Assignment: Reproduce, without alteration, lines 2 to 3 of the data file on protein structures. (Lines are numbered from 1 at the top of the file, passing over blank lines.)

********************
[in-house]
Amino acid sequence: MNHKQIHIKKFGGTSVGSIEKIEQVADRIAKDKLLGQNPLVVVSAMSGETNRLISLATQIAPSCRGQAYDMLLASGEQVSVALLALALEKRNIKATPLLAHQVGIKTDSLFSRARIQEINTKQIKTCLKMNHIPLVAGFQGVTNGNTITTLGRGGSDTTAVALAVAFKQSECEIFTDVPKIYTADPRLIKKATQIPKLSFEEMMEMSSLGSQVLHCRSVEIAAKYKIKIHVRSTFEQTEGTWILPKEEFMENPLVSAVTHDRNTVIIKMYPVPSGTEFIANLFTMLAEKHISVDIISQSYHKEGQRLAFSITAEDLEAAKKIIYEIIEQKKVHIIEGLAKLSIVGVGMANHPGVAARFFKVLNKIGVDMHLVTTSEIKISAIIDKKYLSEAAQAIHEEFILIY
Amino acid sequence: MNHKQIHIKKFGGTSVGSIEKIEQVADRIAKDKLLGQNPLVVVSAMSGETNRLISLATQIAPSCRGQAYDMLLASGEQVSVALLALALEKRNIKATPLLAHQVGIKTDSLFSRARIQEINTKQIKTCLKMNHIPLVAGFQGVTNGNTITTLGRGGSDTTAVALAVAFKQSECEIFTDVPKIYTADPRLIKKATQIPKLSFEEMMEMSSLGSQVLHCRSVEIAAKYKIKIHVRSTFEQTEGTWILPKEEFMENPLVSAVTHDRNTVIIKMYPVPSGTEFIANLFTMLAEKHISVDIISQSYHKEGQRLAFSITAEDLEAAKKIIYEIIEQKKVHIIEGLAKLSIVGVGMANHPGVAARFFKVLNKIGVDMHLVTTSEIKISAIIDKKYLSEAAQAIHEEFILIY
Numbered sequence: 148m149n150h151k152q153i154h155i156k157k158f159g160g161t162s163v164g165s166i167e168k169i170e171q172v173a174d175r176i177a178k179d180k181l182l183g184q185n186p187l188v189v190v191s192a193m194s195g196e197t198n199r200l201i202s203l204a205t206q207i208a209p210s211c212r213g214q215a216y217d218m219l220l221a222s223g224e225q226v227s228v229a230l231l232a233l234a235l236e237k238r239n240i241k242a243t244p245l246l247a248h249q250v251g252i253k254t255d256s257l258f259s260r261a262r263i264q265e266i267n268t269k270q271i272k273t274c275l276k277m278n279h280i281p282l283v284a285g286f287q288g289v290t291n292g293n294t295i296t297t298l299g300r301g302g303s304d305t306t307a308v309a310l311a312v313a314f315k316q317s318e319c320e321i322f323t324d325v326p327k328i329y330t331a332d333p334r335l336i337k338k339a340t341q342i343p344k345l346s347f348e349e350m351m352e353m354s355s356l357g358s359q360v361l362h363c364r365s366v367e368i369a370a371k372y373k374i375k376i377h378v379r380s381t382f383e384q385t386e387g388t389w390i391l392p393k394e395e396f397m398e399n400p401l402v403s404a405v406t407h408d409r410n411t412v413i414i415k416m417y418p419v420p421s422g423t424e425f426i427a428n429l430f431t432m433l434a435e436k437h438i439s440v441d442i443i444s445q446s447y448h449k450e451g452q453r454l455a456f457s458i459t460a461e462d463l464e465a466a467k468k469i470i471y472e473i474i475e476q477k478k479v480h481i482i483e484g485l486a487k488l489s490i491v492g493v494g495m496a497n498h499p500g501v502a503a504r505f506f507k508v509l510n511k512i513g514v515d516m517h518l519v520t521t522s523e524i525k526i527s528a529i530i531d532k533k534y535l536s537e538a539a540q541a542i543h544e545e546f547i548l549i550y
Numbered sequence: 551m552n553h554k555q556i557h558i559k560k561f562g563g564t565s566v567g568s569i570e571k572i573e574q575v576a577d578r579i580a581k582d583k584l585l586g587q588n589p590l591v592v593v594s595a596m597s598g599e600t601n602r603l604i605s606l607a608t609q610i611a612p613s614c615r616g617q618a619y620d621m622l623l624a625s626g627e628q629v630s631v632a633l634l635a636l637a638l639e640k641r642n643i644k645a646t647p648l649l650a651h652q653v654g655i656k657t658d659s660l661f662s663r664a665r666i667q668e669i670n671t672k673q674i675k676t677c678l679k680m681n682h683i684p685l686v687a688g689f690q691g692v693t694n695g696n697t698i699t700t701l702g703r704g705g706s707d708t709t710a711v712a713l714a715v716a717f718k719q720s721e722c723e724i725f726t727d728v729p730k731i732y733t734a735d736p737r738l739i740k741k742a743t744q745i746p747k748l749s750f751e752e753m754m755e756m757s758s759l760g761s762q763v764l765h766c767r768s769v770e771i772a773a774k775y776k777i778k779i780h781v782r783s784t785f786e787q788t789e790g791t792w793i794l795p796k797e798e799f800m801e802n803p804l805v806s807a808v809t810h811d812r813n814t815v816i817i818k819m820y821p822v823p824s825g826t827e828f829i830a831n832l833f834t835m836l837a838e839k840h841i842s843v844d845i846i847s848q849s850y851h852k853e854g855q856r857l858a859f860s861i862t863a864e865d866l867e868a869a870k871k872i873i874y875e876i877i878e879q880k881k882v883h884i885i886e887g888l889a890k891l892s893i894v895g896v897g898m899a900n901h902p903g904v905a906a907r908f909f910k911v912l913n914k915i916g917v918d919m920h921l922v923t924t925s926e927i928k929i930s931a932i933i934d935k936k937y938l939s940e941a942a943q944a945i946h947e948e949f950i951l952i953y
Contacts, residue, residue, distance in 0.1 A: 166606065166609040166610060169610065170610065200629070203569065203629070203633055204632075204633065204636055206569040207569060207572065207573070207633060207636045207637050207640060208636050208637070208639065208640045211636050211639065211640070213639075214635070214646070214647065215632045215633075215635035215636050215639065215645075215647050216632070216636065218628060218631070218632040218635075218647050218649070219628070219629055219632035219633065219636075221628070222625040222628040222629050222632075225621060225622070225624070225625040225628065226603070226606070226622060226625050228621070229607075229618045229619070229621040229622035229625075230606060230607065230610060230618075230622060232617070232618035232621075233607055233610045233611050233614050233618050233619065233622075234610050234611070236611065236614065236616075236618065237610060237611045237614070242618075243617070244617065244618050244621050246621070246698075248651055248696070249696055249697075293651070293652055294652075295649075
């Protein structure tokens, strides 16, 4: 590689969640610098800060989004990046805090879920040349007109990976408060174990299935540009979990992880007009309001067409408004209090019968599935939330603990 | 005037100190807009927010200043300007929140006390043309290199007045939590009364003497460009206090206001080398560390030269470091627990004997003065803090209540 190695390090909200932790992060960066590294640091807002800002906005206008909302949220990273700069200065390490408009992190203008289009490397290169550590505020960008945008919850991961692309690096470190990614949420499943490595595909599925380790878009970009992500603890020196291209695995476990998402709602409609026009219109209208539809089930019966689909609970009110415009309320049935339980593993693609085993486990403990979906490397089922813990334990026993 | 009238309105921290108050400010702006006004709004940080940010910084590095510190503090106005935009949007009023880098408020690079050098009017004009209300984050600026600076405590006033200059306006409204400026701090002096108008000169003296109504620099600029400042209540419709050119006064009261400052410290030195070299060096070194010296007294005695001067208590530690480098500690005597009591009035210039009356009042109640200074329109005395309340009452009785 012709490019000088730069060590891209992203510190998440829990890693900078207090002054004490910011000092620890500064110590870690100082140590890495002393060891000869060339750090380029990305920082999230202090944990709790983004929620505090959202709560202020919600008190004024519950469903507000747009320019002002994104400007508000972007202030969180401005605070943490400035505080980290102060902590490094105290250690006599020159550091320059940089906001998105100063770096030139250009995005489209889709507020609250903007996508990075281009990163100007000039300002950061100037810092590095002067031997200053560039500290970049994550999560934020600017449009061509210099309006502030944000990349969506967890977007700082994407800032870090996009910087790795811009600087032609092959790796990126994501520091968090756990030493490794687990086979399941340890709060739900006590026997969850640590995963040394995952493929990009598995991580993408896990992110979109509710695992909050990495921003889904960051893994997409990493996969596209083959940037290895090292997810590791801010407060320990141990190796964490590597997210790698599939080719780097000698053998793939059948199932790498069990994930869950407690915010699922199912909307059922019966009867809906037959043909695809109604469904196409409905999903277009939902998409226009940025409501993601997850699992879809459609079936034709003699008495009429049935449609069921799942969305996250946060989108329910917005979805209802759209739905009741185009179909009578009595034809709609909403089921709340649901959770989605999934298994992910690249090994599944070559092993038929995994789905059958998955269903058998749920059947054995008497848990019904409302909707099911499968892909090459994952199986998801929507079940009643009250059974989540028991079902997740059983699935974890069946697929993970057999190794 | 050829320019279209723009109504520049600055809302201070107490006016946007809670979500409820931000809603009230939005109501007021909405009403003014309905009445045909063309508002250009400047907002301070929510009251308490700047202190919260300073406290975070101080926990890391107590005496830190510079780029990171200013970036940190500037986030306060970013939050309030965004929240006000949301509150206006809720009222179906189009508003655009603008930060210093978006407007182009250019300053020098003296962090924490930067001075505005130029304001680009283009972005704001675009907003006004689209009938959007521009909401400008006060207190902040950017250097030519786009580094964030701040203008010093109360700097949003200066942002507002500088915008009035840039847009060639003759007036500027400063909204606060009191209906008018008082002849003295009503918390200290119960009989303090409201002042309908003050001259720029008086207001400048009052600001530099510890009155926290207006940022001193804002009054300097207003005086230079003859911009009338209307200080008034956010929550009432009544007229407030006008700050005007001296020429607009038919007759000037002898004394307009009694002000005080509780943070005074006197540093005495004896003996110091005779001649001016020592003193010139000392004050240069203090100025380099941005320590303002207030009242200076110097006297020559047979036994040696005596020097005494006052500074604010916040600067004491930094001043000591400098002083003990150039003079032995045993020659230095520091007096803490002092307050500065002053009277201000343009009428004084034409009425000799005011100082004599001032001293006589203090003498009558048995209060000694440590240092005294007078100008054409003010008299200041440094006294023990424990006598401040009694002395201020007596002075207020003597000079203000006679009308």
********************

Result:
Amino acid sequence: MNHKQIHIKKFGGTSVGSIEKIEQVADRIAKDKLLGQNPLVVVSAMSGETNRLISLATQIAPSCRGQAYDMLLASGEQVSVALLALALEKRNIKATPLLAHQVGIKTDSLFSRARIQEINTKQIKTCLKMNHIPLVAGFQGVTNGNTITTLGRGGSDTTAVALAVAFKQSECEIFTDVPKIYTADPRLIKKATQIPKLSFEEMMEMSSLGSQVLHCRSVEIAAKYKIKIHVRSTFEQTEGTWILPKEEFMENPLVSAVTHDRNTVIIKMYPVPSGTEFIANLFTMLAEKHISVDIISQSYHKEGQRLAFSITAEDLEAAKKIIYEIIEQKKVHIIEGLAKLSIVGVGMANHPGVAARFFKVLNKIGVDMHLVTTSEIKISAIIDKKYLSEAAQAIHEEFILIY
Amino acid sequence: MNHKQIHIKKFGGTSVGSIEKIEQVADRIAKDKLLGQNPLVVVSAMSGETNRLISLATQIAPSCRGQAYDMLLASGEQVSVALLALALEKRNIKATPLLAHQVGIKTDSLFSRARIQEINTKQIKTCLKMNHIPLVAGFQGVTNGNTITTLGRGGSDTTAVALAVAFKQSECEIFTDVPKIYTADPRLIKKATQIPKLSFEEMMEMSSLGSQVLHCRSVEIAAKYKIKIHVRSTFEQTEGTWILPKEEFMENPLVSAVTHDRNTVIIKMYPVPSGTEFIANLFTMLAEKHISVDIISQSYHKEGQRLAFSITAEDLEAAKKIIYEIIEQKKVHIIEGLAKLSIVGVGMANHPGVAARFFKVLNKIGVDMHLVTTSEIKISAIIDKKYLSEAAQAIHEEFILIY